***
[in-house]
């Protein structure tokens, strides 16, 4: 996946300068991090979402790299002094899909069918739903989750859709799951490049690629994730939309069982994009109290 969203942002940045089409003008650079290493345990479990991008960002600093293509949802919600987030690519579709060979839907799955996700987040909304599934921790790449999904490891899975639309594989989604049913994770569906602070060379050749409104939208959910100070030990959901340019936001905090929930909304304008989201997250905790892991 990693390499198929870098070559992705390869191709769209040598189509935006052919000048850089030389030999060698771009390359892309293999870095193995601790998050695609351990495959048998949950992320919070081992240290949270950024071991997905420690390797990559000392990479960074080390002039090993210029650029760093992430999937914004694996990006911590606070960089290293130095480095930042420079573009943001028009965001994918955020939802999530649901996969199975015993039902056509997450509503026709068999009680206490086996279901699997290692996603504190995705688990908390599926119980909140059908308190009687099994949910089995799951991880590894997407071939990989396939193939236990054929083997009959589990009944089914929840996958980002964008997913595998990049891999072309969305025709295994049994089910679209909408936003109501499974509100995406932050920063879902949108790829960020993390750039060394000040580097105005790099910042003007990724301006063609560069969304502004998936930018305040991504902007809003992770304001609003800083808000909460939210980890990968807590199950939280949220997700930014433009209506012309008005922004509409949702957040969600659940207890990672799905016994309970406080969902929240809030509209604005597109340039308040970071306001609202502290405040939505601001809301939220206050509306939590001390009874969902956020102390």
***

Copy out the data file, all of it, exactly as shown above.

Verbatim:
[in-house]
């Protein structure tokens, strides 16, 4: 996946300068991090979402790299002094899909069918739903989750859709799951490049690629994730939309069982994009109290 969203942002940045089409003008650079290493345990479990991008960002600093293509949802919600987030690519579709060979839907799955996700987040909304599934921790790449999904490891899975639309594989989604049913994770569906602070060379050749409104939208959910100070030990959901340019936001905090929930909304304008989201997250905790892991 990693390499198929870098070559992705390869191709769209040598189509935006052919000048850089030389030999060698771009390359892309293999870095193995601790998050695609351990495959048998949950992320919070081992240290949270950024071991997905420690390797990559000392990479960074080390002039090993210029650029760093992430999937914004694996990006911590606070960089290293130095480095930042420079573009943001028009965001994918955020939802999530649901996969199975015993039902056509997450509503026709068999009680206490086996279901699997290692996603504190995705688990908390599926119980909140059908308190009687099994949910089995799951991880590894997407071939990989396939193939236990054929083997009959589990009944089914929840996958980002964008997913595998990049891999072309969305025709295994049994089910679209909408936003109501499974509100995406932050920063879902949108790829960020993390750039060394000040580097105005790099910042003007990724301006063609560069969304502004998936930018305040991504902007809003992770304001609003800083808000909460939210980890990968807590199950939280949220997700930014433009209506012309008005922004509409949702957040969600659940207890990672799905016994309970406080969902929240809030509209604005597109340039308040970071306001609202502290405040939505601001809301939220206050509306939590001390009874969902956020102390």